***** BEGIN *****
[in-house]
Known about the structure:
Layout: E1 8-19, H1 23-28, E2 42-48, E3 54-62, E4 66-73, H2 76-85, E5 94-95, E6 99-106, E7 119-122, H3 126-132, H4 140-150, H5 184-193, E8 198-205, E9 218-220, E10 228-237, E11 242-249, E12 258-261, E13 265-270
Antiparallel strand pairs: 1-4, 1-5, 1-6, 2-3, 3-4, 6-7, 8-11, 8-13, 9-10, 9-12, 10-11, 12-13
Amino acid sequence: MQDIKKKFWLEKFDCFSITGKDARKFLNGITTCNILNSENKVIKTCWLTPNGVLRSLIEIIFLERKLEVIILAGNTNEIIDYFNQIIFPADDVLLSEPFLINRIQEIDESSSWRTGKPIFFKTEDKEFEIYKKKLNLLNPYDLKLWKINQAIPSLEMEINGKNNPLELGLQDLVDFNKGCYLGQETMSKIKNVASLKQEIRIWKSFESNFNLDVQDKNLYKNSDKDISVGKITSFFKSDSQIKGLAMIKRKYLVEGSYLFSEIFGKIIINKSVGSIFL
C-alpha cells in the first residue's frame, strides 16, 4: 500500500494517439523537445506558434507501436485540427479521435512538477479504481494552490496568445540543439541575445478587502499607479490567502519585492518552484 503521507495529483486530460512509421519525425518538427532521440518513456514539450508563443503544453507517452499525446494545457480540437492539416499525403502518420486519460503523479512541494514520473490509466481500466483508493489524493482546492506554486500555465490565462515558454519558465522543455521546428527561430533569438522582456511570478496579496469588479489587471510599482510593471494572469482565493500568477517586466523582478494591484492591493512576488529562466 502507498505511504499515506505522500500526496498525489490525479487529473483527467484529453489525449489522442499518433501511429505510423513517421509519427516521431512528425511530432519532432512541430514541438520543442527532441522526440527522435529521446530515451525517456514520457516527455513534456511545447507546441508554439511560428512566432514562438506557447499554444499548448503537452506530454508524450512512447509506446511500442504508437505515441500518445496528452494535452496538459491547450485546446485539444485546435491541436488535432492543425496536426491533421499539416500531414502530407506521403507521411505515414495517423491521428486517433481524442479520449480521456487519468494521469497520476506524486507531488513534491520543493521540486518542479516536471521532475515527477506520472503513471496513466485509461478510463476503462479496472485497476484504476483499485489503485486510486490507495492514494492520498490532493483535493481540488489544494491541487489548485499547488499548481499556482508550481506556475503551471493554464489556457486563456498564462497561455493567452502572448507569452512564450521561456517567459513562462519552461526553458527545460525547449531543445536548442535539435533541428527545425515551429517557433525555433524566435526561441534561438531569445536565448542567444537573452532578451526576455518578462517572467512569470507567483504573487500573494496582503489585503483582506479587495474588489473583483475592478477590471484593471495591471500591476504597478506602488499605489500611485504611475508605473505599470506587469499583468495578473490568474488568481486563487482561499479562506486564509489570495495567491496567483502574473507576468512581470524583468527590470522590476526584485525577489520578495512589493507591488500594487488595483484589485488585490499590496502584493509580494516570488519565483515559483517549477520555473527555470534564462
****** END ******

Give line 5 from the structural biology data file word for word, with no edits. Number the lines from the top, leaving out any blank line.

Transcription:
Amino acid sequence: MQDIKKKFWLEKFDCFSITGKDARKFLNGITTCNILNSENKVIKTCWLTPNGVLRSLIEIIFLERKLEVIILAGNTNEIIDYFNQIIFPADDVLLSEPFLINRIQEIDESSSWRTGKPIFFKTEDKEFEIYKKKLNLLNPYDLKLWKINQAIPSLEMEINGKNNPLELGLQDLVDFNKGCYLGQETMSKIKNVASLKQEIRIWKSFESNFNLDVQDKNLYKNSDKDISVGKITSFFKSDSQIKGLAMIKRKYLVEGSYLFSEIFGKIIINKSVGSIFL